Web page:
Volume 15, Number 4—April 2009
Mycobacterium colombiense and Pseudotuberculous Lymphadenopathy
To the Editor: Mycobacterium colombiense is a new species belonging to the M. avium complex (MAC). It is characterized by a unique internal transcribed spacer sequence and causing respiratory tract and disseminated infection in HIV-infected patients in Colombia (1). We report clinical and histologic features of lymphadenopathy resulting from M. colombiense infection.
A 25-month-old girl with an unremarkable medical history was hospitalized in the pediatric department of Timone Hospital, Marseille, France, due to development of swelling in a right subclavicular lymph node over a 1-month period. A 5-day course of oxacillin, which was administered orally, had been unsuccessful in alleviating the symptoms. The patient’s general condition was excellent, and results of a physical examination were normal, with the exception of a 2-cm hard, immobile, yet painless, noninflammatory, enlarged lymph node. Due to the presence of the enlarged lymph node, a chest radiograph was performed, and results were normal. A hemogram indicated a hemoglobin concentration of 113 g/L, a leukocyte count 8.3 × 109/L consisting of 31% polynuclear neutrophils and 62% lymphocytes, and a normal blood smear. A platelet count indicated a concentration of 389 × 109/L, and the serum lactic dehydrogenase level was 440 UI/L. In addition, no biologic inflammatory syndrome was observed based on the concentration of C-reactive protein (<1 mg/L) and an erythrocyte sedimentation rate of 18 mm/h.
Fine-needle aspiration of the lymph node showed necrosis and mature, activated lymphocytes. These results suggested a possible diagnosis of lymphoma, and a surgical excision biopsy was subsequently performed. Direct microscopic examinations were carried out after results obtained by Gram and Ziehl-Neelsen staining showed that the lymph node was negative for acid-fast bacilli. Histopathologic analysis indicated epithelioid cell granulomas containing giant cells and caseous necrosis without altered leukocytes, all of which are compatible with tuberculosis. Culturing of the biopsy specimen in BACTEC broth (Becton Dickinson, Courtaboeuf, France) at 5% CO2 at 37°C yielded acid-fast bacilli after a 7-day incubation period.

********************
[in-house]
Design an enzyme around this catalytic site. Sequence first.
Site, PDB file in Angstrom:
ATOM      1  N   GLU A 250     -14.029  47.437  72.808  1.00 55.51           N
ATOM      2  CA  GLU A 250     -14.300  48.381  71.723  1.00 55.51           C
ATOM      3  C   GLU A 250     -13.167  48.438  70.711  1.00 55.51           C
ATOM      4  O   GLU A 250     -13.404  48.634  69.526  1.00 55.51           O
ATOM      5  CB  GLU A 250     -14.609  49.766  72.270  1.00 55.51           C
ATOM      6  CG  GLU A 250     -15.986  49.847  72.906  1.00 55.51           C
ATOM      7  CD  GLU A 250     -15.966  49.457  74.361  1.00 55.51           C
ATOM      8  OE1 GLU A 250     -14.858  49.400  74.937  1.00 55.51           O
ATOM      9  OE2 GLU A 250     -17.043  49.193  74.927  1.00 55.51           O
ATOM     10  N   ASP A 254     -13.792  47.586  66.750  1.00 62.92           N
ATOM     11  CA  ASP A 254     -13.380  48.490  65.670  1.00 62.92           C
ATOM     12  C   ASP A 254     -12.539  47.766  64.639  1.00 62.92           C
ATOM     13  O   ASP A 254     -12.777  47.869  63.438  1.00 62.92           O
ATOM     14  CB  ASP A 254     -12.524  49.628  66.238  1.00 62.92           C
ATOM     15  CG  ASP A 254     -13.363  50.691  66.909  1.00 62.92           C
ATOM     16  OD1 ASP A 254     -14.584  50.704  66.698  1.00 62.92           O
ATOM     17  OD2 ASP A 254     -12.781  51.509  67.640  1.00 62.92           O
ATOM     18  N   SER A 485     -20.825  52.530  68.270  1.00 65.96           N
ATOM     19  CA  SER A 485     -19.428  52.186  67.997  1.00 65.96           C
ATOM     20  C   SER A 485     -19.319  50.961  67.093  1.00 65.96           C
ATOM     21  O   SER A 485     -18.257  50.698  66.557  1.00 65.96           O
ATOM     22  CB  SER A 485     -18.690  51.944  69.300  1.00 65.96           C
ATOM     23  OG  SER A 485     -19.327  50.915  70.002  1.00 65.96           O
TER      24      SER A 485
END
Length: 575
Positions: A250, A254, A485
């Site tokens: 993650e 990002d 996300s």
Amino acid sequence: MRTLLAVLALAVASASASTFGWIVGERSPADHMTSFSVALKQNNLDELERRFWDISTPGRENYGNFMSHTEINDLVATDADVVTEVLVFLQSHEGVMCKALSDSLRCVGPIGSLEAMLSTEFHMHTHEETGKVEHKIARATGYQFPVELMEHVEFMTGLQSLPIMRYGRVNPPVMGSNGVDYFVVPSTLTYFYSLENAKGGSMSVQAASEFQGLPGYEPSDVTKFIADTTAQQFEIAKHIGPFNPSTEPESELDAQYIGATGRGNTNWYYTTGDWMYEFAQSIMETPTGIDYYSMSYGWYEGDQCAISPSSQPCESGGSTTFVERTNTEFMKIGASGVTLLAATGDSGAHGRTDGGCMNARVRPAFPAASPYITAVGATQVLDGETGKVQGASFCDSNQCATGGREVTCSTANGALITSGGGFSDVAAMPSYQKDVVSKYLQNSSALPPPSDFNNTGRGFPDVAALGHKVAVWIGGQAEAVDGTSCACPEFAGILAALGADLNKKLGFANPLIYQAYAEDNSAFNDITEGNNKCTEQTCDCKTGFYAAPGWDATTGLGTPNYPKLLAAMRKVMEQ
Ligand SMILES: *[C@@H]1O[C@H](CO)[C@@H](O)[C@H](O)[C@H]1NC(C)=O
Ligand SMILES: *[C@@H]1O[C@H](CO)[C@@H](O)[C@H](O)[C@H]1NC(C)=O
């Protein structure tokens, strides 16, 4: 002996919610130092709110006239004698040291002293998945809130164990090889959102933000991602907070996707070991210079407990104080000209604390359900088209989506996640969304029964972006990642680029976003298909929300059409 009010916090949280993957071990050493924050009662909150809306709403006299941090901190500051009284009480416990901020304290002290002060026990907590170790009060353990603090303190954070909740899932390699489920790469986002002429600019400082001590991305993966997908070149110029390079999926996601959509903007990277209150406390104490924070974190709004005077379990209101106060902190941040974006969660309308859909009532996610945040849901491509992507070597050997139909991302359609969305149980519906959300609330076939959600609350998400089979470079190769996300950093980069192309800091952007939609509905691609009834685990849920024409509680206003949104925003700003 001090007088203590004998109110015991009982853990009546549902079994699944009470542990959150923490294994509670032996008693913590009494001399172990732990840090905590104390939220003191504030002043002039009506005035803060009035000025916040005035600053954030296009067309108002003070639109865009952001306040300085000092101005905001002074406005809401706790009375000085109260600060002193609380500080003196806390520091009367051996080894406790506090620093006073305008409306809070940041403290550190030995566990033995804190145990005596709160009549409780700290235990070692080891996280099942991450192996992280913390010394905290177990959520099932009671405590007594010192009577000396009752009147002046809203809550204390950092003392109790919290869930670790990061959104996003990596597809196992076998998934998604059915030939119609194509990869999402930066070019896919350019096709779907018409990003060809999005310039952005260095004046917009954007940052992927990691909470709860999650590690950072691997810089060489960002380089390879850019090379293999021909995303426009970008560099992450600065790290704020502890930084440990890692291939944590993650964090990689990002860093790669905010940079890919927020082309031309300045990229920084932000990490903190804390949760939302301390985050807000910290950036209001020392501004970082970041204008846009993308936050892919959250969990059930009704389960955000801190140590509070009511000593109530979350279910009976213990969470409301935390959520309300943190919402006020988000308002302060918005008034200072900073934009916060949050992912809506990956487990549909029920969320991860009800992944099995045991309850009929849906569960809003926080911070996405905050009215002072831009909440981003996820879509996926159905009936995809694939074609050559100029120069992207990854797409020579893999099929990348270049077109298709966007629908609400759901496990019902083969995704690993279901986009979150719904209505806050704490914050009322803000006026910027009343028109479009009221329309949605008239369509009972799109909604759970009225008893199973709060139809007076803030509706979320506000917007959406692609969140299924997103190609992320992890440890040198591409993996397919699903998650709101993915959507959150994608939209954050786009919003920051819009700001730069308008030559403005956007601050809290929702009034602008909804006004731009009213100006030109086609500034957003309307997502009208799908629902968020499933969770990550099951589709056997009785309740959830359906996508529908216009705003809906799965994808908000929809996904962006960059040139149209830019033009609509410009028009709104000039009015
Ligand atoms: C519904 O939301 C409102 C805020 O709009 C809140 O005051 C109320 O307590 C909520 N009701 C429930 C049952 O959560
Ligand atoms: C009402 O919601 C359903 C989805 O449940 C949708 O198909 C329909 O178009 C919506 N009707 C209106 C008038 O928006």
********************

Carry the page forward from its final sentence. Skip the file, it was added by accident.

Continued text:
After inactivating the cells and extracting the DNA by using a previously described method, we identified the isolate by PCR sequencing of the rpoB gene (2) and its demonstrated 100% sequence similarity to M. colombiense CIP108962T (1,2). Accordingly, the isolate exhibited positive urease activity, a distinctive characteristic that differentiates M. colombiense from other MAC species (1,2).
Recently, M. colombiense was shown to be responsible for an enlarged lymph node in 1 child from Spain who did not show any evidence of HIV infection (3). In that patient, histopathologic examination showed granulomatous adenitis with necrosis. We report that M. colombiense–infected lymph nodes also yield clinical and histopathologic features evocative of tuberculosis. Indeed, MAC organisms remain the most prevalent agents demonstrated in diseased lymph nodes in children (4).